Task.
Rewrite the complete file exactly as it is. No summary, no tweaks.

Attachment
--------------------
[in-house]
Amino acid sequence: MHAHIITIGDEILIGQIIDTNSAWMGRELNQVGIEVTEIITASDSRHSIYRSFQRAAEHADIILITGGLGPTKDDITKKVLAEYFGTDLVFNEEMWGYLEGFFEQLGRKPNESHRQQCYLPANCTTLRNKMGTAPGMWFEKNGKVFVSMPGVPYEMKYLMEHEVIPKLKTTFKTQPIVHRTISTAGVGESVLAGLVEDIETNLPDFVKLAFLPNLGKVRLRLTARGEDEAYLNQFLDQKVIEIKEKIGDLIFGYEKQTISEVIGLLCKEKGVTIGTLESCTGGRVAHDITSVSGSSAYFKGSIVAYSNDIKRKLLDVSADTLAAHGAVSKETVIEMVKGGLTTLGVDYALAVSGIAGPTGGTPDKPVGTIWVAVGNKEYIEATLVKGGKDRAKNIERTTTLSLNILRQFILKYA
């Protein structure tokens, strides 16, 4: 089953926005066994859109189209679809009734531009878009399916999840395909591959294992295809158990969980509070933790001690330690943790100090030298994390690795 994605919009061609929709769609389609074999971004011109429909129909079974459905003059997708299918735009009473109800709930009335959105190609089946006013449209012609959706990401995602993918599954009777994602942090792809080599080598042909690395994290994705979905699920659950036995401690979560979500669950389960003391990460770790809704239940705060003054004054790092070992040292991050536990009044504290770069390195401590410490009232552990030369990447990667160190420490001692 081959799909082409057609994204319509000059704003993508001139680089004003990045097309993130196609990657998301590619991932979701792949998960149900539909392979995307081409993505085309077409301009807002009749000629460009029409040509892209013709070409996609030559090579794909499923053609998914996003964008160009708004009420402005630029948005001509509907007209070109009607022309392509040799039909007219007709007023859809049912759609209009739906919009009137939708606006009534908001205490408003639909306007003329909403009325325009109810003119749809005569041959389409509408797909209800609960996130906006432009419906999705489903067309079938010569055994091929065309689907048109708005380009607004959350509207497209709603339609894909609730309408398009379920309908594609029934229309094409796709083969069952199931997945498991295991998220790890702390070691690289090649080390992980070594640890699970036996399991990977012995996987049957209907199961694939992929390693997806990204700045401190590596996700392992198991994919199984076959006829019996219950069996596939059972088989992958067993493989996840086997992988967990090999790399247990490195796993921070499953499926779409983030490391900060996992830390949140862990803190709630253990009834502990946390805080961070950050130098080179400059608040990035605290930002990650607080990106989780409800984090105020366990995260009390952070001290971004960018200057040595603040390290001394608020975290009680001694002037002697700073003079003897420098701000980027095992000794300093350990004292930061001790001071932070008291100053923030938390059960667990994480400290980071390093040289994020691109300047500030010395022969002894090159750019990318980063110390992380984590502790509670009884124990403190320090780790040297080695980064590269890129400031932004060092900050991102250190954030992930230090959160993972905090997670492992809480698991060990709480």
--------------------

[in-house]
Amino acid sequence: MHAHIITIGDEILIGQIIDTNSAWMGRELNQVGIEVTEIITASDSRHSIYRSFQRAAEHADIILITGGLGPTKDDITKKVLAEYFGTDLVFNEEMWGYLEGFFEQLGRKPNESHRQQCYLPANCTTLRNKMGTAPGMWFEKNGKVFVSMPGVPYEMKYLMEHEVIPKLKTTFKTQPIVHRTISTAGVGESVLAGLVEDIETNLPDFVKLAFLPNLGKVRLRLTARGEDEAYLNQFLDQKVIEIKEKIGDLIFGYEKQTISEVIGLLCKEKGVTIGTLESCTGGRVAHDITSVSGSSAYFKGSIVAYSNDIKRKLLDVSADTLAAHGAVSKETVIEMVKGGLTTLGVDYALAVSGIAGPTGGTPDKPVGTIWVAVGNKEYIEATLVKGGKDRAKNIERTTTLSLNILRQFILKYA
């Protein structure tokens, strides 16, 4: 089953926005066994859109189209679809009734531009878009399916999840395909591959294992295809158990969980509070933790001690330690943790100090030298994390690795 994605919009061609929709769609389609074999971004011109429909129909079974459905003059997708299918735009009473109800709930009335959105190609089946006013449209012609959706990401995602993918599954009777994602942090792809080599080598042909690395994290994705979905699920659950036995401690979560979500669950389960003391990460770790809704239940705060003054004054790092070992040292991050536990009044504290770069390195401590410490009232552990030369990447990667160190420490001692 081959799909082409057609994204319509000059704003993508001139680089004003990045097309993130196609990657998301590619991932979701792949998960149900539909392979995307081409993505085309077409301009807002009749000629460009029409040509892209013709070409996609030559090579794909499923053609998914996003964008160009708004009420402005630029948005001509509907007209070109009607022309392509040799039909007219007709007023859809049912759609209009739906919009009137939708606006009534908001205490408003639909306007003329909403009325325009109810003119749809005569041959389409509408797909209800609960996130906006432009419906999705489903067309079938010569055994091929065309689907048109708005380009607004959350509207497209709603339609894909609730309408398009379920309908594609029934229309094409796709083969069952199931997945498991295991998220790890702390070691690289090649080390992980070594640890699970036996399991990977012995996987049957209907199961694939992929390693997806990204700045401190590596996700392992198991994919199984076959006829019996219950069996596939059972088989992958067993493989996840086997992988967990090999790399247990490195796993921070499953499926779409983030490391900060996992830390949140862990803190709630253990009834502990946390805080961070950050130098080179400059608040990035605290930002990650607080990106989780409800984090105020366990995260009390952070001290971004960018200057040595603040390290001394608020975290009680001694002037002697700073003079003897420098701000980027095992000794300093350990004292930061001790001071932070008291100053923030938390059960667990994480400290980071390093040289994020691109300047500030010395022969002894090159750019990318980063110390992380984590502790509670009884124990403190320090780790040297080695980064590269890129400031932004060092900050991102250190954030992930230090959160993972905090997670492992809480698991060990709480």